The Underappreciated Hybrids Thread

SulkyBantam

···ʞɔǝꓒ ʎɹǝʌƎ ɥʇᴉM ɹǝʇɹoɥS ɓuᴉʇʇǝꓨ sI ʞɐǝꓭ ʎW
Nov 3, 2020
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The Emerald Isle
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My Coop
(I suspect this thread will be left to go stale, but here goes-)

How many threads are there about Hybrids/Barnyard Mixes? Not many!

No one chats about the 'SPECTACULAR' qualities of hybrids, or has long discussions about hybrid breeding.
They are not even allowed into shows no matter how beautiful.
But it's hybrids that supply us most eggs! And there are so MANY of them...

Chat all you like, post photos, ask advice- the world of hybrids is large and varied!
🐓
 

WallyG74

Crowing
Premium Feather Member
Mar 7, 2020
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Meridian, MS
You’re probably right about going stale but I’ll drop my 2 cents. I started out with all pure bred chickens. 2 each or more of several different breeds. It’s been an experiment to say the least. I’ve decided that I want to try and hatch my own chicks for meat birds and more eggs. So the dilemma was keeping the bloodlines pure or not. Well I can’t keep 6 roosters for my 6 different breeds. And yes EE is one of my breeds which I know is a highly debated subject and I’m hoping that’s not the direction this thread goes. So, for my reasons, I think barnyard mixes and hybrids are definitely the way to go. The other option is to start and small hatchery with multiple coops and I decided that was not a road I wanted to travel. I’m hoping more people chime in on this subject. I definitely would like to feed off some of the experience on this subject.
 

Weeg

Crossing the Road
Premium Feather Member
Jul 1, 2020
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Small town in Western Washington
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We had our pure Mallard duck hatch out 3 babies this year! Our drake though isn't pure he is a backyard mix between Buff and a Swedish Blue. So she was sitting on 2 Buff eggs, and 1 Mallard egg. All the eggs hatched and the Mallard egg got the Buff from our drake and looks like a Mallard Buff mix! She is really pretty looking, she looks like a Mallard, talks like a Mallard, flies like a Mallard and such, but she has the golden Buff feathers! Then the other 2 Are Buff Swedish blue mixes. One ended up being a Male and he looks jus tiles his dad, who has more Swedish blue coloring then Buff, but he has brown chest feathers, and Axle, we named the baby, has a white feather that hangs down his face too which is really cute! The other egg was female and she has a very light grey color and has more buff in her. She has all the light Swedish Blue colors though. I love backyard mixes!
 

Trisseh

Duck-duck-chicken!
Jun 21, 2019
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NW Ontario, Canada
I’ll have Hedemora/Icelandic and Icelandic/Legbar crosses at the very least next spring... and potentially Hedemora/jaerhon as well, depending on how my jaerhon boys turn out. :) maybe some other crosses too, once I know what the sexes are for my last batch of chicks. It will certainly be interesting to see how they all turn out.

the problem with many of the hybrid/crossbred birds you’re talking about, when you’re discussing high production/big business, those are “dead end” crosses with one purpose, much the same as commercialized cattle crossbred animals. You can’t carry through a lot of genetic diversity and still maintain the traits you want through an additional cross in the same way as when you cross 2 separate “pure” breeds that have readily reproducible traits, because a crossbred animal has much more of a mix of traits to draw from. Makes me think of the Holstein/jersey crosses that were all the rage for a while. Useful enough in their own way but definitely not a good source of replacements - their calves were too much like one breed or the other without the benefit of either. You lose a lot of the vigour on the second gen cross and see a lot of randomized traits showing up, and usually not for the better. :) (and some of them were just plain mean. Haha).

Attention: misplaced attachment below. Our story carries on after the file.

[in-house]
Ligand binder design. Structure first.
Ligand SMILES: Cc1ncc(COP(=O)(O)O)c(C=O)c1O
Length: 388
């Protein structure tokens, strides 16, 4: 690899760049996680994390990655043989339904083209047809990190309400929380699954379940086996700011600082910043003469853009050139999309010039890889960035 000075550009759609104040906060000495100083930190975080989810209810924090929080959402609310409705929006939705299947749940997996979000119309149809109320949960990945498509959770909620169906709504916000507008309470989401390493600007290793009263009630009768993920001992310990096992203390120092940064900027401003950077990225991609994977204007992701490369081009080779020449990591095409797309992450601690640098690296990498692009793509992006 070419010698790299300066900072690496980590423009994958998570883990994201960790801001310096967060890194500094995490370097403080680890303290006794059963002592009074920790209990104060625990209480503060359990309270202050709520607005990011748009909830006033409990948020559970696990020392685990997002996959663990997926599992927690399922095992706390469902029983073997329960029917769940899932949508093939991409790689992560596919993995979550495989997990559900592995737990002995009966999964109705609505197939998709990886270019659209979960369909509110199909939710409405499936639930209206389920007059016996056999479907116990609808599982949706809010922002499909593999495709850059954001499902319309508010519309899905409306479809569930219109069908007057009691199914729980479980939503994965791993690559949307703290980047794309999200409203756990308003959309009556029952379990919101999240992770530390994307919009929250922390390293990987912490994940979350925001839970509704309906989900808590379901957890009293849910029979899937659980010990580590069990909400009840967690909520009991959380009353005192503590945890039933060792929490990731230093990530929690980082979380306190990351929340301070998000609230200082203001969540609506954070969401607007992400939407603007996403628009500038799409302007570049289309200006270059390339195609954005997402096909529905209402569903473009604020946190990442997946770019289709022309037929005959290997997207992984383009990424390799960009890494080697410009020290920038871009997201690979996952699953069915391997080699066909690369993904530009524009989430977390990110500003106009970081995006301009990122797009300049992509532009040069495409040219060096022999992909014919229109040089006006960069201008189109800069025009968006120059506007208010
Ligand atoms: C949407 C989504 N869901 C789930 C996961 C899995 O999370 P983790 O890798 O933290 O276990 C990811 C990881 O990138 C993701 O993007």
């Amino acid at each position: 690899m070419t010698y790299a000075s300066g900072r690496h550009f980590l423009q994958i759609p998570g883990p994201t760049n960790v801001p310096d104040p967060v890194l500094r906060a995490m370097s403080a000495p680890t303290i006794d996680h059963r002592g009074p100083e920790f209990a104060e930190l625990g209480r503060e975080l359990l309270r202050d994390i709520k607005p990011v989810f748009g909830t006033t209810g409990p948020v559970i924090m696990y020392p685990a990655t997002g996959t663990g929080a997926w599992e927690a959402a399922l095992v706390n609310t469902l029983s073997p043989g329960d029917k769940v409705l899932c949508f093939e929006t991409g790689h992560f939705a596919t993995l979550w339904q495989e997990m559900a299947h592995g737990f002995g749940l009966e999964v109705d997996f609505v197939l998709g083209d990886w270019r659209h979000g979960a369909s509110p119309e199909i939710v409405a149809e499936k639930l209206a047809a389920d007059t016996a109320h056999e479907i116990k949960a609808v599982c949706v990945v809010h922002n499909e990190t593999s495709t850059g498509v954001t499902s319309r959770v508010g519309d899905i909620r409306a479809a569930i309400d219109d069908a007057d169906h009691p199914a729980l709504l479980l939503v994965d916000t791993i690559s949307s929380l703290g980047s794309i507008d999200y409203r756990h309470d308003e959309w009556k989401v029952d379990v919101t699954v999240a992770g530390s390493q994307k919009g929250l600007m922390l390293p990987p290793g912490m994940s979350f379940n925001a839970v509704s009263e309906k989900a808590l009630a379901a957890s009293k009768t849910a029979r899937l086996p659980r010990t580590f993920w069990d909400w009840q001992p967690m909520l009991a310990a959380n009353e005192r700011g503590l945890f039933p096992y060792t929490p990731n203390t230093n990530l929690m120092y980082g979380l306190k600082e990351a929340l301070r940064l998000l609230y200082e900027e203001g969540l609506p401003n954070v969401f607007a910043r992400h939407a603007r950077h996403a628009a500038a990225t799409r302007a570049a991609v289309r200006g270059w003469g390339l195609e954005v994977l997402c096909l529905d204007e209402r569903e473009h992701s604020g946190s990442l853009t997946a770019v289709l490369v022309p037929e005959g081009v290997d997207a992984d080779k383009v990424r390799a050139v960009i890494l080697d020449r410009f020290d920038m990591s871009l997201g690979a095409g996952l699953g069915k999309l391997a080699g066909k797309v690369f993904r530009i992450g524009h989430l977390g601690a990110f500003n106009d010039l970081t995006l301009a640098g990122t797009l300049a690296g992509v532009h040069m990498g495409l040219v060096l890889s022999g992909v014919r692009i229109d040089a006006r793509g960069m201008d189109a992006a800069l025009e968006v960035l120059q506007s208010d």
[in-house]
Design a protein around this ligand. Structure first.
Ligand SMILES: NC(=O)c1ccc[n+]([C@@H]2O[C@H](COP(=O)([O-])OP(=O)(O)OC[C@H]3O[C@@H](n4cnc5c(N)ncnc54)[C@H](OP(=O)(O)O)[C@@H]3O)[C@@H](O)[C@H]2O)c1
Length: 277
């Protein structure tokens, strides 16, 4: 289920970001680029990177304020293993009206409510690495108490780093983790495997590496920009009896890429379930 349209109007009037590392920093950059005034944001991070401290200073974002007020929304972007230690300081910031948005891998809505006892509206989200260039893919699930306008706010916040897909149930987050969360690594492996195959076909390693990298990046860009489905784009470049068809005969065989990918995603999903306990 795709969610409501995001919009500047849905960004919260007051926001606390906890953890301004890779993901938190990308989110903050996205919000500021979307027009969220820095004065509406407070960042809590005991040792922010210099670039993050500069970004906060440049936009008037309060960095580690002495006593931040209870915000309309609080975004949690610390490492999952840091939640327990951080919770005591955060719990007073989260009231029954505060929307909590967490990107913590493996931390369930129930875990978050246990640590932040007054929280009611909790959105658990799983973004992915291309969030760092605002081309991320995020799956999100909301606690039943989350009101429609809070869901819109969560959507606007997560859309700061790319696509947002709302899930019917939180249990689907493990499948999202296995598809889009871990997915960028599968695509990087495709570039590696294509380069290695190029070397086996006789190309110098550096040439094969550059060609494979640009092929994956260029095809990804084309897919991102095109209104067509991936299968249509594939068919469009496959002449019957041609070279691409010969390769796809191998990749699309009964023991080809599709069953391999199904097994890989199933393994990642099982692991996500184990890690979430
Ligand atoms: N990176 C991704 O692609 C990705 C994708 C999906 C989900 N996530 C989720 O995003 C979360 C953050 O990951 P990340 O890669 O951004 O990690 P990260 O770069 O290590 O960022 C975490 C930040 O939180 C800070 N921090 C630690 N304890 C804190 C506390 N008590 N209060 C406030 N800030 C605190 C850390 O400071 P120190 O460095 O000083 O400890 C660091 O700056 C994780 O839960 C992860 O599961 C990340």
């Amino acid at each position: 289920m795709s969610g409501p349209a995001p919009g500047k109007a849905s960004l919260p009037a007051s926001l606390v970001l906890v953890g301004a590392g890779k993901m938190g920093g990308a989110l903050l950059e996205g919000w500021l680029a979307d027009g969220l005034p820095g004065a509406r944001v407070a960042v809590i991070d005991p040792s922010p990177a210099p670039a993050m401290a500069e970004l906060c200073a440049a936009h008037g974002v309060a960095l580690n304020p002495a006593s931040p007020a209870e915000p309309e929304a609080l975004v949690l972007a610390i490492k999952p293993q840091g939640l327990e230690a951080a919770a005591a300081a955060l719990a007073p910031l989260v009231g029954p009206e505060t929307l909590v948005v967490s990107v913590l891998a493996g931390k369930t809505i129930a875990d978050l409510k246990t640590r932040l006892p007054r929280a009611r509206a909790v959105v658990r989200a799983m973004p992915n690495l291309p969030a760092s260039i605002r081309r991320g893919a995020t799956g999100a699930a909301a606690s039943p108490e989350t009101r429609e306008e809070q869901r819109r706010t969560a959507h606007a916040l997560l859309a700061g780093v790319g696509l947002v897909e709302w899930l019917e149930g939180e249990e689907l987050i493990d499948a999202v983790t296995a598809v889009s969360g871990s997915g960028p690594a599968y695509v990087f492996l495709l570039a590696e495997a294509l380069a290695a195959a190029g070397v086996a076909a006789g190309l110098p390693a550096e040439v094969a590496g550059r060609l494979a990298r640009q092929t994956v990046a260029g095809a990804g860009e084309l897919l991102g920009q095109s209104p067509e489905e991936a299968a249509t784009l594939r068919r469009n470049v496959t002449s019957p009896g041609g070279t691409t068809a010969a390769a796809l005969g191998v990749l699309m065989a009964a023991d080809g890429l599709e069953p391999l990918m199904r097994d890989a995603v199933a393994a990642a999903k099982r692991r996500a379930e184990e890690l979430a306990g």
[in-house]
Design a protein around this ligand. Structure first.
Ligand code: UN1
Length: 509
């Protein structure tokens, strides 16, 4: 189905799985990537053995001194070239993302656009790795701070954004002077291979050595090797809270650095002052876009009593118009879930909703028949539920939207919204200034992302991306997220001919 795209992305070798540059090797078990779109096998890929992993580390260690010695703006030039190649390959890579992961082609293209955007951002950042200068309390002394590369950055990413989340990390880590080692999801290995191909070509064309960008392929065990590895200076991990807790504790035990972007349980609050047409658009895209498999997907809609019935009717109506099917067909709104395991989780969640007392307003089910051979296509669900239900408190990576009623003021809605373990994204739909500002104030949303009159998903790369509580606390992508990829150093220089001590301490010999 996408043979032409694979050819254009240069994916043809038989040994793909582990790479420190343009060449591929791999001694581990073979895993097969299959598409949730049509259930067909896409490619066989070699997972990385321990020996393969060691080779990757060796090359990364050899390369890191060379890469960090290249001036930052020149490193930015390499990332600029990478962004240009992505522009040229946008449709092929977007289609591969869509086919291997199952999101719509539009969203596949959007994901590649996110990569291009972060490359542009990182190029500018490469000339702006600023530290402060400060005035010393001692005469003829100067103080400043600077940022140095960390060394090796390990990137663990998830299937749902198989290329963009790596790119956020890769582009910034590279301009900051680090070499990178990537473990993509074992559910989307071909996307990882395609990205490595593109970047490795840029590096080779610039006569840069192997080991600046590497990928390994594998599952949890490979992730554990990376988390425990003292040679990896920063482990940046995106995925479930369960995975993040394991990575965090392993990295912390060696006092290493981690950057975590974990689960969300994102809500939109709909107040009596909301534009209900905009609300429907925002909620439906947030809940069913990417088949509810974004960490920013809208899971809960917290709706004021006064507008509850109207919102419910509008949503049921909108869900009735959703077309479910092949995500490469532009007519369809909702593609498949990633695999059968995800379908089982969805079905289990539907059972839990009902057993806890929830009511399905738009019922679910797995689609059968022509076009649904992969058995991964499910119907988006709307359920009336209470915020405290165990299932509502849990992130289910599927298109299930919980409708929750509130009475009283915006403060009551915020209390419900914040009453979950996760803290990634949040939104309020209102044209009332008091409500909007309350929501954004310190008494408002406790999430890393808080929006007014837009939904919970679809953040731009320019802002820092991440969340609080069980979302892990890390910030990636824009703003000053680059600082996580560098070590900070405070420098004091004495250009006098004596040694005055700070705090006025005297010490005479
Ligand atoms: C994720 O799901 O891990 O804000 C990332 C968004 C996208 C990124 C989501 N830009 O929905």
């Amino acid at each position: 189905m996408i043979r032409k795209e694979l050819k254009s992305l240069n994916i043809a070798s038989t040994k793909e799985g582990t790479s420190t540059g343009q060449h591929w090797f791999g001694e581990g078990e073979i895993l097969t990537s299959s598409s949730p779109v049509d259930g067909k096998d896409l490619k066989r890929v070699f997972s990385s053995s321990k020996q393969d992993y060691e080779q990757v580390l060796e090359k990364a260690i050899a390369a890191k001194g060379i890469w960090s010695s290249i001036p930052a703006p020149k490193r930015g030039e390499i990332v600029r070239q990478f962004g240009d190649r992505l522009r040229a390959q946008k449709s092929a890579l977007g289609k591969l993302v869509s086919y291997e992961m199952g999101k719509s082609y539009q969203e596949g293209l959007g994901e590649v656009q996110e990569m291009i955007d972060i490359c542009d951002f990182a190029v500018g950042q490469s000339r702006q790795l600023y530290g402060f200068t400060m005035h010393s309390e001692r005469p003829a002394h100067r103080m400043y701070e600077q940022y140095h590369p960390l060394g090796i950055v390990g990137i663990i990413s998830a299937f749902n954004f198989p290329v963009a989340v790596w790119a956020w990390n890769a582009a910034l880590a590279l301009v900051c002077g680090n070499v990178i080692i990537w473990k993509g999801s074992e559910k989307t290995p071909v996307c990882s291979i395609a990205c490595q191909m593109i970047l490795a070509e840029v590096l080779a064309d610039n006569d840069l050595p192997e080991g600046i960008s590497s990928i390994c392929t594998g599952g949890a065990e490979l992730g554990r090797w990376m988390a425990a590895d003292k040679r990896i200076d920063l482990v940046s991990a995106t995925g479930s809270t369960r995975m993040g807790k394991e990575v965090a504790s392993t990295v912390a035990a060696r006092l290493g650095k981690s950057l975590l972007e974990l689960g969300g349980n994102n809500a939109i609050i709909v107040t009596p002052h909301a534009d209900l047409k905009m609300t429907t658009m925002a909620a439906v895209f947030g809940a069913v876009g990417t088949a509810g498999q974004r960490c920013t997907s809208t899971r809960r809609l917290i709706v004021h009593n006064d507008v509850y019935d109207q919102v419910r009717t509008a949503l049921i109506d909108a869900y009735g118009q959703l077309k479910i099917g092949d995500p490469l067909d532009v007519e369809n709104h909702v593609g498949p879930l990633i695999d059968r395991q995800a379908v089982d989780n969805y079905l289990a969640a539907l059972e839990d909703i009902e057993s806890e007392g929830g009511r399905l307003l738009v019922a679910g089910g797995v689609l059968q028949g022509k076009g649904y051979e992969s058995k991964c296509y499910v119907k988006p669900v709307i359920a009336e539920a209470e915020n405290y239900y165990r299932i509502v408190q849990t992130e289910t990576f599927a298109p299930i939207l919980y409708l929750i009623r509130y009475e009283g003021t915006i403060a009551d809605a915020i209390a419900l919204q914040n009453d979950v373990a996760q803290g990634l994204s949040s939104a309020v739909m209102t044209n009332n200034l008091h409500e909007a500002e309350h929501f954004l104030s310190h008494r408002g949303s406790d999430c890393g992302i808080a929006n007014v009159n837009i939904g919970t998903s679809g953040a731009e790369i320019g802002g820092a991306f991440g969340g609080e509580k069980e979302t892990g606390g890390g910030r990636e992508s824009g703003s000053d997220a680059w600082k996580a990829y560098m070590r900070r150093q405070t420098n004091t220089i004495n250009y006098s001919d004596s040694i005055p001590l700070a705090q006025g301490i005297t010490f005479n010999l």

that being said, I love seeing crossbred animals of any sort because the diversity and variety is amazing! It all comes down to the purpose that you have for them. Most if not all of us here aren’t commercial producers on the sort of scale of big business so we can play around with small genetic pools and see what we come up with. :p and really, how are new breeds developed? Selective breeding of crossbred individuals. Lol.
 

WallyG74

Crowing
Premium Feather Member
Mar 7, 2020
1,107
3,908
321
Meridian, MS
I've gotten some really cool mutts by hatching "barnyard" mixes!! The only real downside I see is they aren't really of any value in terms of selling them, unfortunately.
So true. My personal answer to that is having an identifiable egg like EE. I have a rooster and 2 pullets that are EE. Those will be my marketable breed for selling. If that don’t work, maybe get a rooster of one of my other breeds and retire old Rusty. The obvious problem there is that so many chickens lay brown eggs. I’d have to make sure I can identify young birds accurately or risk selling a cross as a purebred.
 

edgarmongold

Songster
10 Years
Apr 16, 2011
274
125
186
(I suspect this thread will be left to go stale, but here goes-)

How many threads are there about Hybrids/Barnyard Mixes? Not many!

No one chats about the 'SPECTACULAR' qualities of hybrids, or has long discussions about hybrid breeding.
They are not even allowed into shows no matter how beautiful.
But it's hybrids that supply us most eggs! And there are so MANY of them...

Chat all you like, post photos, ask advice- the world of hybrids is large and varied!
🐓
More and more shows are having awards for backyard chickens.
 

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